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The uprising in Iran

The titanic struggle on the streets of Iran unleashed by the disputed results of the presidential election contain a revolutionary essence that has the potential to take on a momentum all of its own.

To march in their hundreds of thousands, perhaps millions, through the streets of the capital in defiance of the authorities, to gather in the universities to denounce president Mahmoud Ahmadinejad as a dictator, to use social networking and Internet sites to mobilise and to reach the outside world amounts to a significant challenge to the state which not even the killing of seven marchers can halt.

The marchers chanted defiant slogans as they moved down Azadi Street yesterday towards an iconic monument built by the country’s former despot, the Shah. "Death to the dictator", "Death to the lying government" the chants rang out. "Iranians, why are you silent," went another slogan. "Iran has become Palestine. We will take back our votes even if they kill us," was another.

Masses of people believe that their votes have been stolen. They cannot credit that Ahmadinejad won almost two-thirds of the votes in last week’s presidential election, defeating former prime minister Hossein Mousavi. Whether Ahmadinejad did or not is now irrelevant, however. The decision today of the powerful Guardian Council to authorise a partial recount will not suffice. Even Mousavi has rejected the move, with a spokesman saying that nothing less than re-run of the election will do.

In 1979 millions rose up to overthrow the US-backed Shah’s dictatorship. To the shock of many liberal Westerners, the revolution took hold under the auspices of an Islamic clergy and took refuge in the safety of the mosques to escape the notorious Savak, the Shah’s secret police.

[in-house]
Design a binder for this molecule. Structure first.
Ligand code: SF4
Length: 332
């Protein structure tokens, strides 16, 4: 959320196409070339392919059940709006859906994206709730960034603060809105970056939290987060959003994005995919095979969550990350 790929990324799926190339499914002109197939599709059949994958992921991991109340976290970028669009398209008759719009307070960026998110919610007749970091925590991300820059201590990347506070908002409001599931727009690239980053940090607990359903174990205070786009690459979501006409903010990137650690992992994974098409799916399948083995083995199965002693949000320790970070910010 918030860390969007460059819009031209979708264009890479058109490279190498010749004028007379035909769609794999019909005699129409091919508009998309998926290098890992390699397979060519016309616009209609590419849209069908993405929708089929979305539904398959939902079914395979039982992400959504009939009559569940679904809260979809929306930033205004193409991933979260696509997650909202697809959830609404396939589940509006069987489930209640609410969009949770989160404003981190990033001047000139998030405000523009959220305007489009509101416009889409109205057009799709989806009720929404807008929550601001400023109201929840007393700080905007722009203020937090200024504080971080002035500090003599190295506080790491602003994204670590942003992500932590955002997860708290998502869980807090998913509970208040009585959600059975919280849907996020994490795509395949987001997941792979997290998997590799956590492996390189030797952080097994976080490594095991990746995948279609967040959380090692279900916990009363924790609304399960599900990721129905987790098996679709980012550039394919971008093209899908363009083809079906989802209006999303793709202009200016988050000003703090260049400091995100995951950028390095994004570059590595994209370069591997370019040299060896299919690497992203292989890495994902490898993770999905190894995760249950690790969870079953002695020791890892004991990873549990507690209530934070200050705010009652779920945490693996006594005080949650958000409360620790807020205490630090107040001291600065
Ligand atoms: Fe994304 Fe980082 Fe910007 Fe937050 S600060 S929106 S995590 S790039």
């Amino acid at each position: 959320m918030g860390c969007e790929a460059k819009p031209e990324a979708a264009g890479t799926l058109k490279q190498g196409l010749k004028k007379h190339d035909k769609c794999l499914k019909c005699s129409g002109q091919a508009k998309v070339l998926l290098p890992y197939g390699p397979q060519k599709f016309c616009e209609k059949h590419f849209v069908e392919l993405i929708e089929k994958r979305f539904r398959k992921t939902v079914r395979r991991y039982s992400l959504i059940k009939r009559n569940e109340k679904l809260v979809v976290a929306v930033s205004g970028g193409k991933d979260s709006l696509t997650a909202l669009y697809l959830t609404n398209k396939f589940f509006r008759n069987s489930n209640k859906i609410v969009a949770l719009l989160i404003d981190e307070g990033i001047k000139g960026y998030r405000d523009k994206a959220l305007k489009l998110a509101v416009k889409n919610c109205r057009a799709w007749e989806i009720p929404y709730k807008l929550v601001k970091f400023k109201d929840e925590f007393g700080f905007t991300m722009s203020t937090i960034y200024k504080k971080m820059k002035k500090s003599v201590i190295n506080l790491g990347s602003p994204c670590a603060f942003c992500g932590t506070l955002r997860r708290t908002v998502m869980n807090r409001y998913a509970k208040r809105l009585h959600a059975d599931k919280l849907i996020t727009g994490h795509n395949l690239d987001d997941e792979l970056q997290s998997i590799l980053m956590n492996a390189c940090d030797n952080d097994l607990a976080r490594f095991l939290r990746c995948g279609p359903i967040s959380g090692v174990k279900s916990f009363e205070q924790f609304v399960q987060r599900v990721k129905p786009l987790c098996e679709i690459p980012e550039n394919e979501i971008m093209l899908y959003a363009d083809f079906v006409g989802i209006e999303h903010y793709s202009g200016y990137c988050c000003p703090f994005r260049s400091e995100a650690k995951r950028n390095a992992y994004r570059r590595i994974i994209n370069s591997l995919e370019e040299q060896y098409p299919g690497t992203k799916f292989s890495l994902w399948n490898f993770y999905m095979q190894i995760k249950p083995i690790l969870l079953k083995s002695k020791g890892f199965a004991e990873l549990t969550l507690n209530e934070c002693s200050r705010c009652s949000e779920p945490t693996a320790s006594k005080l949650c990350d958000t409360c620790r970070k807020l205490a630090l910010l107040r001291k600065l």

Now the momentum is towards the completion of that revolution through establishing popular, secular power. Mousavi will not be able to deliver anything like that because he is also part of the state establishment which tries to balance between the masses and capitalism. That is what has come unstuck.

Motivation for the present upsurge is all too apparent. Despite being the world’s fourth largest oil producer, Iran is suffering from massive inequalities and a denial of basic democratic rights. About half its 71 million people are under 25. But more than a fifth of them are unemployed. Soaring unemployment has led to a "brain drain" from the country, leaving it short of (among others) health professionals, particularly doctors and dentists. Annual inflation is more than 25%. The wildly fluctuating price of oil is adding to the crisis facing the state.

The 1979 revolution was part of a great tide of national struggles throughout the world against imperialism for independence and self-determination. In the 21st century, these are beginning to assume a more definite social, anti-capitalist character as, for example, in Venezuela and other parts of South America.

In Iran, an election has re-opened the floodgates of mass confrontation in the streets between the state forces who back Ahmadinejad and the millions who voted for Mousavi. As commentator Robert Fisk, who watched yesterday’s mobilisation in Tehran, remarked: